However, looking at the figures did remind me of something I've always meant to check up on.  Am I committing a crime by basing my figures on currently circulating British coinage?

More than once I've heard wargamers insist that either it's illegal to use coins in this way or that's illegal if you glue the figure to the side bearing the Queen's head!  An offence of "defacing the coinage" is quoted (though some of the more traditionalist types speak darkly of treason).

Personally I'm no royalist (I've a lot of sympathy for the American idea of separating Church and State) but it's always pleased me to follow what I see as a wargamers' tradition and glue my figures to the tails side of the coin.  My friend Sebastian, on the other hand, positively revels in his Irish republican roots and actively ensures that his soldiers stand directly on the face of "Smiling Eileen".

Anyway, I decided to do a bit of research*.    It looks like Sebastian and I may be in the clear.    

Apparently there was a modern prohibition on defacing the coinage under the Coinage Offences Act, 1936 (penalty, imprisonment not exceeding one year!).  Prior to that the 1861 Coinage Act imposed the same term of imprisonment but with hard labour!  However the 1936 Act was repealed by the Forgery and Counterfeiting Act of 1981.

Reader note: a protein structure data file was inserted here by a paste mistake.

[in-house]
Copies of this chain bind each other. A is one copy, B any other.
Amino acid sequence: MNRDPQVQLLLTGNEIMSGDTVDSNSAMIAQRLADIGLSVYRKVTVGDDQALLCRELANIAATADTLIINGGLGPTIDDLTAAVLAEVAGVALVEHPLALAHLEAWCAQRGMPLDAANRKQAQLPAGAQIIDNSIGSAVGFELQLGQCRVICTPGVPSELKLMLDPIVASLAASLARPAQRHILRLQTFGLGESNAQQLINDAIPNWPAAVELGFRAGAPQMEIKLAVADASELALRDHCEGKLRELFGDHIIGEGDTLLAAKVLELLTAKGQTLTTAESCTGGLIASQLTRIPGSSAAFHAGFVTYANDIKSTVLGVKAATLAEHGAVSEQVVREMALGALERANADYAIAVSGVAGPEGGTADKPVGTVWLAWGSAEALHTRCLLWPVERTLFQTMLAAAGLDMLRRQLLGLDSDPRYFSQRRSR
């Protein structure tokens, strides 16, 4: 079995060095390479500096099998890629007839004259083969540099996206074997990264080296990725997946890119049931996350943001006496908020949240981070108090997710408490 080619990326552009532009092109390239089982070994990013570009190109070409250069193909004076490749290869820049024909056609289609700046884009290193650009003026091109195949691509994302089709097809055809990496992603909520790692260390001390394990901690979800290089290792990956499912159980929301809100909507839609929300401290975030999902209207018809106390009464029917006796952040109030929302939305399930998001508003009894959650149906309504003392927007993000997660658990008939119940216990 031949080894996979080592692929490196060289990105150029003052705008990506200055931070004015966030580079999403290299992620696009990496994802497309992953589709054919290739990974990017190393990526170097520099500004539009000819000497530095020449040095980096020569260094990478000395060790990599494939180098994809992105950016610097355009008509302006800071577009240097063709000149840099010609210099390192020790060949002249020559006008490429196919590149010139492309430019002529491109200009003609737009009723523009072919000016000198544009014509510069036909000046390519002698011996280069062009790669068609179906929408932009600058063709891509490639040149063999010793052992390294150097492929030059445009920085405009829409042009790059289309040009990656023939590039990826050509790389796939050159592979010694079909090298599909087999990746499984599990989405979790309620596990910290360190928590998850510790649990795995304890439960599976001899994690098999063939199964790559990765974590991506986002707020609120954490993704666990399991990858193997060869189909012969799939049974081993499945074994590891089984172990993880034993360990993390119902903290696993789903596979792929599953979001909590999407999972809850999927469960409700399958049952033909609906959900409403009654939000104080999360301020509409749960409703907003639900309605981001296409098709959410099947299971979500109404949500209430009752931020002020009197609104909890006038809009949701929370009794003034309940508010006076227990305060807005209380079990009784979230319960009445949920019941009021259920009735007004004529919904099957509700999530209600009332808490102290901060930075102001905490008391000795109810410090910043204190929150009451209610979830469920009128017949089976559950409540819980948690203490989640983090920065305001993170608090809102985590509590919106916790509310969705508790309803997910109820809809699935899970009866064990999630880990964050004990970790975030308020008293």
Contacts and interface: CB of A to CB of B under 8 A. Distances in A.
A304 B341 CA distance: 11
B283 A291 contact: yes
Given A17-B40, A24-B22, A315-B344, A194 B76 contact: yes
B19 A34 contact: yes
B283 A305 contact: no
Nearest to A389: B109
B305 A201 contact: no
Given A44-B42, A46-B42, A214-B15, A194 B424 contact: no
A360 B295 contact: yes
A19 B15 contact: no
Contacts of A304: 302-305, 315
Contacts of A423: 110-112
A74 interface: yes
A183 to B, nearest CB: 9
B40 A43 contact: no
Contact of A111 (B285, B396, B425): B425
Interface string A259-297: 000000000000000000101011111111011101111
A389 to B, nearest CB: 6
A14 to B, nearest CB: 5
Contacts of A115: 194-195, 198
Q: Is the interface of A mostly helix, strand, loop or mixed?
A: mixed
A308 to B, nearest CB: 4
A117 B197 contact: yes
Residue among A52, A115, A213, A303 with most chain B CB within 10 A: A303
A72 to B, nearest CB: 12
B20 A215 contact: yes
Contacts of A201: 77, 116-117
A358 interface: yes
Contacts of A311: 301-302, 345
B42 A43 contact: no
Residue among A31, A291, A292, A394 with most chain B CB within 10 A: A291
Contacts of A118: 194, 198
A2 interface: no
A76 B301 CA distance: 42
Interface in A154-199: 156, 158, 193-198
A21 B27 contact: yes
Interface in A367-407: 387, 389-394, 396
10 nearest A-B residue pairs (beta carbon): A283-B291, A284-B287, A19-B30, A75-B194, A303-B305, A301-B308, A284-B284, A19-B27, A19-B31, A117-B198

However, in earlier times defacing the coinage was a serious economic problem.  Coins were "clipped" by unscrupulous people who melted down the trimmings to make new coins thus increasing the money supply and generating inflation.  Medieval laws against this practice many not have been formally repealed.  Maybe I should find a source of 0.02 Euro coins?  

* OK, I searched for defacing UK coinage on Google.

Saturday, March 3, 2012

Wild Weasel

Family issues have meant that I've not got near my workbench for the past few weeks but this morning I managed to spend an hour or so painting this USAF Phantom.

It's not a great paint job - just enough to resurrect a rather tatty model I picked up as part of an eBay purchase.

Very roughly it represents a Wild Weasel Phantom II based at Spangdahlem AFB in West Germany in the mid-1980s.  In April's Big Game it will carry HARM or Shrike missiles (treated as PGMs in Cold War Commander).  I'm going to restrict it to attacks on SAM or AAA targets to reflect its doctrinal role.